In the spring of 2016, the SAT is going to look quite a bit different.
The College Board, the private nonprofit who administers the standardized test that many colleges and universities factor into admissions, will make a handful of significant changes to make it “more focused and useful than ever before.” it seems that the announced changes come in response to the waining influence the longstanding entrance test has in admissions, as more and more colleges go “test optional.” Of course, critics of the SAT have been saying for years that high school grades and other factors are a much better indicator of college success than any standardized test.
First off, the test is returning to the 400-1600 point scale that many of us are used to. In 2005, the SAT adopted a system wherein a perfect score was a 2400.
But most notably, at least in my opinion, is the decision to stop penalizing test takers for wrong answers. You know what that means, kiddos-guess away!
“The redesigned SAT will remove the penalty for wrong answers. Students will earn points for the questions they answer correctly. This move to rights-only scoring encourages students to give the best answer they have to every problem,” says The College Board.
The new SAT will also feature an optional essay, although some colleges may require it. “The essay prompt will be shared in advance and remain consistent. Only the source material (passage) will change,” says The College Board.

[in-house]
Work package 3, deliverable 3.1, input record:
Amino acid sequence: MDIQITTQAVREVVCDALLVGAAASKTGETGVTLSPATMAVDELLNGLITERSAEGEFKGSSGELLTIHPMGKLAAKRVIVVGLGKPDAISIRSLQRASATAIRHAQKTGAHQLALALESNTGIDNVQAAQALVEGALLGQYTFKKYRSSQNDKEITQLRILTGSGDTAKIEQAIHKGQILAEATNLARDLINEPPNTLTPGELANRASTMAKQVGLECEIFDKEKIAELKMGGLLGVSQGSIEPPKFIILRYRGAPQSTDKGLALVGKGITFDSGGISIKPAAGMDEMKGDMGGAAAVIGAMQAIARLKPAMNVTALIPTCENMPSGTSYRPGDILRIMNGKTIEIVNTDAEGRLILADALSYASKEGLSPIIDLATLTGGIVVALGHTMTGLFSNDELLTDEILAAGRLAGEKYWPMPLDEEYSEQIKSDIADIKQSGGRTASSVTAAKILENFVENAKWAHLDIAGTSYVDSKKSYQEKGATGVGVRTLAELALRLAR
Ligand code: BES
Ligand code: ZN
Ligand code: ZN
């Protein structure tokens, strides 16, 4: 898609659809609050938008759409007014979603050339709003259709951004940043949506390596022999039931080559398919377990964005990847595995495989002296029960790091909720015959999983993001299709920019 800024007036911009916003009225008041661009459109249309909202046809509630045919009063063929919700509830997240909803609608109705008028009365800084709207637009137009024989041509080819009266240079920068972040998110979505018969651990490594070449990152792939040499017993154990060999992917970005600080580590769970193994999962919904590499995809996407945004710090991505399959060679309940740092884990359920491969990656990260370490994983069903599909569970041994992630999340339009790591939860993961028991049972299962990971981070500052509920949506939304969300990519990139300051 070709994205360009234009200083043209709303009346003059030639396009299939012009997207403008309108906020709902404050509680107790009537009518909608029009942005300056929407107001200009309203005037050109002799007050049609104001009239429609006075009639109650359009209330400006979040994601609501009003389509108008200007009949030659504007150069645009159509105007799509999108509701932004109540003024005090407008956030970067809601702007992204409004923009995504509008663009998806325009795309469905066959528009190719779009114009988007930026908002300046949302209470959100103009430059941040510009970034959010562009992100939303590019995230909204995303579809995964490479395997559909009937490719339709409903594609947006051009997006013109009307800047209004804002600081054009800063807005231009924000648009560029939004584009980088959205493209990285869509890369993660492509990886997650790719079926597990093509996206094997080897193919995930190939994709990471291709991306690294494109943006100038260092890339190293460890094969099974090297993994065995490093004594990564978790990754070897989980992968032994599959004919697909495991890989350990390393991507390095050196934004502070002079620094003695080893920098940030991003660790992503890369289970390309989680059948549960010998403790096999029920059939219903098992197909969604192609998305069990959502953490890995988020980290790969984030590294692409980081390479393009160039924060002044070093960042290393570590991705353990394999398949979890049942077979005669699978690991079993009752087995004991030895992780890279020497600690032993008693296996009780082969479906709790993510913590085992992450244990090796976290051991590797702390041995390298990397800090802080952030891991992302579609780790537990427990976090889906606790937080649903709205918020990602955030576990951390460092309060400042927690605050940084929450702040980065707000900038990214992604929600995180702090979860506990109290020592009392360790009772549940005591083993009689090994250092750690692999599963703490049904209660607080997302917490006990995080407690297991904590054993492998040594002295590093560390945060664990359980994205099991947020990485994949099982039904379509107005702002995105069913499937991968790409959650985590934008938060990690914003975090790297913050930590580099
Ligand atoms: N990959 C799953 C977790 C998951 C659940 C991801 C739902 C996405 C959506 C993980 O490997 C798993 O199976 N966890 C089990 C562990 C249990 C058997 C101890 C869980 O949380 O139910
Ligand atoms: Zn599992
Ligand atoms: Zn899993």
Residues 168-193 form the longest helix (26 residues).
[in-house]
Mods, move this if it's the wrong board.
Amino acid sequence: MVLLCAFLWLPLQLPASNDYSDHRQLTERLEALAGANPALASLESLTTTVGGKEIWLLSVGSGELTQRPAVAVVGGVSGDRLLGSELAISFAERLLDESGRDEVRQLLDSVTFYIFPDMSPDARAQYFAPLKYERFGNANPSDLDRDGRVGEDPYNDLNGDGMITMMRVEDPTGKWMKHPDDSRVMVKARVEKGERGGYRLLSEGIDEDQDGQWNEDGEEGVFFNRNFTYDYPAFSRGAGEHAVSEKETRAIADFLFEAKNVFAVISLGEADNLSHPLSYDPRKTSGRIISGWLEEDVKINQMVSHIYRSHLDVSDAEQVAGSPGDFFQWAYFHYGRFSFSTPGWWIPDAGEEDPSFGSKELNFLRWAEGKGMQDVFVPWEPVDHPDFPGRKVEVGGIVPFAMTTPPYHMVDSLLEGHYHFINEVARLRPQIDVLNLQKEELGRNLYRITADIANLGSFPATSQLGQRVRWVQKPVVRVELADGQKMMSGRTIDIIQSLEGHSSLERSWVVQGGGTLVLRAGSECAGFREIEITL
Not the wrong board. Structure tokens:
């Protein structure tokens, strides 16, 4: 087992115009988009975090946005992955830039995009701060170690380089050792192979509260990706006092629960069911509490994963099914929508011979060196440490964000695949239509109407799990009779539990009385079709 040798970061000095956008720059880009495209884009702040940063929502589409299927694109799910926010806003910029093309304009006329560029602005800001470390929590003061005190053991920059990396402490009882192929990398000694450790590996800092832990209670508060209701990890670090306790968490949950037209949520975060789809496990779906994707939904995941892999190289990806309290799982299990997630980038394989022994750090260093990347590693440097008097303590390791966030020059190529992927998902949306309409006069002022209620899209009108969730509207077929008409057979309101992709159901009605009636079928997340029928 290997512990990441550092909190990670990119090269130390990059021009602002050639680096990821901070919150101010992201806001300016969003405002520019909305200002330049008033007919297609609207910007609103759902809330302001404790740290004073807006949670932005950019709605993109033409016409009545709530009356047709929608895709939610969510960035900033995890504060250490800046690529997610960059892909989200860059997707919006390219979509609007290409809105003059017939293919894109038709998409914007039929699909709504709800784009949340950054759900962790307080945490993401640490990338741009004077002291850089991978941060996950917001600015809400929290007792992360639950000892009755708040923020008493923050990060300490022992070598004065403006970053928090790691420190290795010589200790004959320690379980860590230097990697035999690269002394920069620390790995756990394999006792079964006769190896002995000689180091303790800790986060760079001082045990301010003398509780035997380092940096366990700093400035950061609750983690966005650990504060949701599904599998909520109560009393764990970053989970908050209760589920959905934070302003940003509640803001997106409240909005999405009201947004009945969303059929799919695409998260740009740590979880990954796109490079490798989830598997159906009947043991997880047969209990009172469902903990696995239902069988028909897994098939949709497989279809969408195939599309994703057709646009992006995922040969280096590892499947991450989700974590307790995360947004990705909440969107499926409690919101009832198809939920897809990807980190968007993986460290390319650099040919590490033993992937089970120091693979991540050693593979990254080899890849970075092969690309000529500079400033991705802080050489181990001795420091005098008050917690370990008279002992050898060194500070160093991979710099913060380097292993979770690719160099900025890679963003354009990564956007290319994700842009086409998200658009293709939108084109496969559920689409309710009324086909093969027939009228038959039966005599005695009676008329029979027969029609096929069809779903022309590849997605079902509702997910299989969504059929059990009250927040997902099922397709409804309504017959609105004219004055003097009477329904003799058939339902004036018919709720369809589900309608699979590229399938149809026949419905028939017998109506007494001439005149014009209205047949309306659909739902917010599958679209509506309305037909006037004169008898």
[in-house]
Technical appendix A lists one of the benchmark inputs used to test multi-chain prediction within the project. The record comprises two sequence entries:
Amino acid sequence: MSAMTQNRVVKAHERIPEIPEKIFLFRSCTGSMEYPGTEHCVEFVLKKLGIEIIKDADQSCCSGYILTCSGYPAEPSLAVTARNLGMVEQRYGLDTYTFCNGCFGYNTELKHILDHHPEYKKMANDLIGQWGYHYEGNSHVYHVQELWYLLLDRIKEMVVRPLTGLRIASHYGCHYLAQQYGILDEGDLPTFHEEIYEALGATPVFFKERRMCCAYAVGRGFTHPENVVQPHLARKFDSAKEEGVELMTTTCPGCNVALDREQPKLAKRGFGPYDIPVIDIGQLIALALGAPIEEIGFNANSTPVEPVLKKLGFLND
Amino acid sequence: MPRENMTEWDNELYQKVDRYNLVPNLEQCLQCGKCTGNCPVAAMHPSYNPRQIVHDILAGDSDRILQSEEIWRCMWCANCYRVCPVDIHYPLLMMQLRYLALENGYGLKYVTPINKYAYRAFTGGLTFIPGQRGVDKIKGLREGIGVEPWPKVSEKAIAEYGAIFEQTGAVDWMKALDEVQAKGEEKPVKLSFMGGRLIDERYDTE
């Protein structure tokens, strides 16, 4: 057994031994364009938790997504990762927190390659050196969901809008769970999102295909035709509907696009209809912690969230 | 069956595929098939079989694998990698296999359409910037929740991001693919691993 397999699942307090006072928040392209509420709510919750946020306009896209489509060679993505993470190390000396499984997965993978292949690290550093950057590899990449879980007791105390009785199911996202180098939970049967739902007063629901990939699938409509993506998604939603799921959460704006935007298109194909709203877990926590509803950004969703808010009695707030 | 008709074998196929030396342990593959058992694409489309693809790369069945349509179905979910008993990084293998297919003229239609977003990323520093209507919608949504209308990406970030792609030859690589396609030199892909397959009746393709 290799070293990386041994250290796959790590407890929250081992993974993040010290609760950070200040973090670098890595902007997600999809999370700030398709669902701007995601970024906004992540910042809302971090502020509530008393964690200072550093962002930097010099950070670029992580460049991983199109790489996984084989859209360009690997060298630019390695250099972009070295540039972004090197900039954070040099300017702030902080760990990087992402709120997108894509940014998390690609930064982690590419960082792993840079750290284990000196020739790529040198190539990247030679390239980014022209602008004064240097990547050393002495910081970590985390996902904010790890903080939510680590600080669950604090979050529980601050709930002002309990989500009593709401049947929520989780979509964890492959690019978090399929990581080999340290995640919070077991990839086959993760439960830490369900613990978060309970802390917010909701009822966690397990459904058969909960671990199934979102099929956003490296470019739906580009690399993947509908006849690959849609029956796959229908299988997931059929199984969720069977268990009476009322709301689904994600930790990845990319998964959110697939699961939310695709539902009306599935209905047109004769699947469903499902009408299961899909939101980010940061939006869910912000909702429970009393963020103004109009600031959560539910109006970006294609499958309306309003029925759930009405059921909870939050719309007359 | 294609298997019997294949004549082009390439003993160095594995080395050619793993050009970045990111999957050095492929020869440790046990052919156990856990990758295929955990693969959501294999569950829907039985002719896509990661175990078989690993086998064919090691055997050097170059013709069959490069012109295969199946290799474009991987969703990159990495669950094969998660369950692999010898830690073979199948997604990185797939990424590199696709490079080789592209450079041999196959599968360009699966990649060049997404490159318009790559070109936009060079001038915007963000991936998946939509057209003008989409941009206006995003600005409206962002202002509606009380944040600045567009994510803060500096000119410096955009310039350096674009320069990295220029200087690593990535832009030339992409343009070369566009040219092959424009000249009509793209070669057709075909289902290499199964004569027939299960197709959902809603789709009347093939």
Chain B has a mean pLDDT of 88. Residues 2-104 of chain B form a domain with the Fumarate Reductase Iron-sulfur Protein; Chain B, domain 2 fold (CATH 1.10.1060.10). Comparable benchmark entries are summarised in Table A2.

These are the flashy changes, but there are also some deeper shifts in the content itself.
“The redesigned SAT will ask students to apply a deep understanding of the few things shown by current research to matter most for college readiness and success. They’ll find questions modeled on the work of the best classroom teachers and perform tasks practiced in rigorous course work,” they say.
In practice, this means that the new SAT will focus more on the real world–questions that would reflect true college and career issues.
Oh, and one last thing. Remember all of those nights spent studying flashcards covered with obscure words you didn’t know and knew you’d never use? Gone. Seventeen and 18-year-olds of the future will see a test focused on “relevant word.”
“Requiring students to master relevant vocabulary will change the way they prepare for the exam. No longer will students use flashcards to memorize obscure words, only to forget them the minute they put their test pencils down. The redesigned SAT will engage students in close reading and honor the best work of the classroom.”
Easier? More real-world relevance? What do you think?
Image via The College Board, Facebook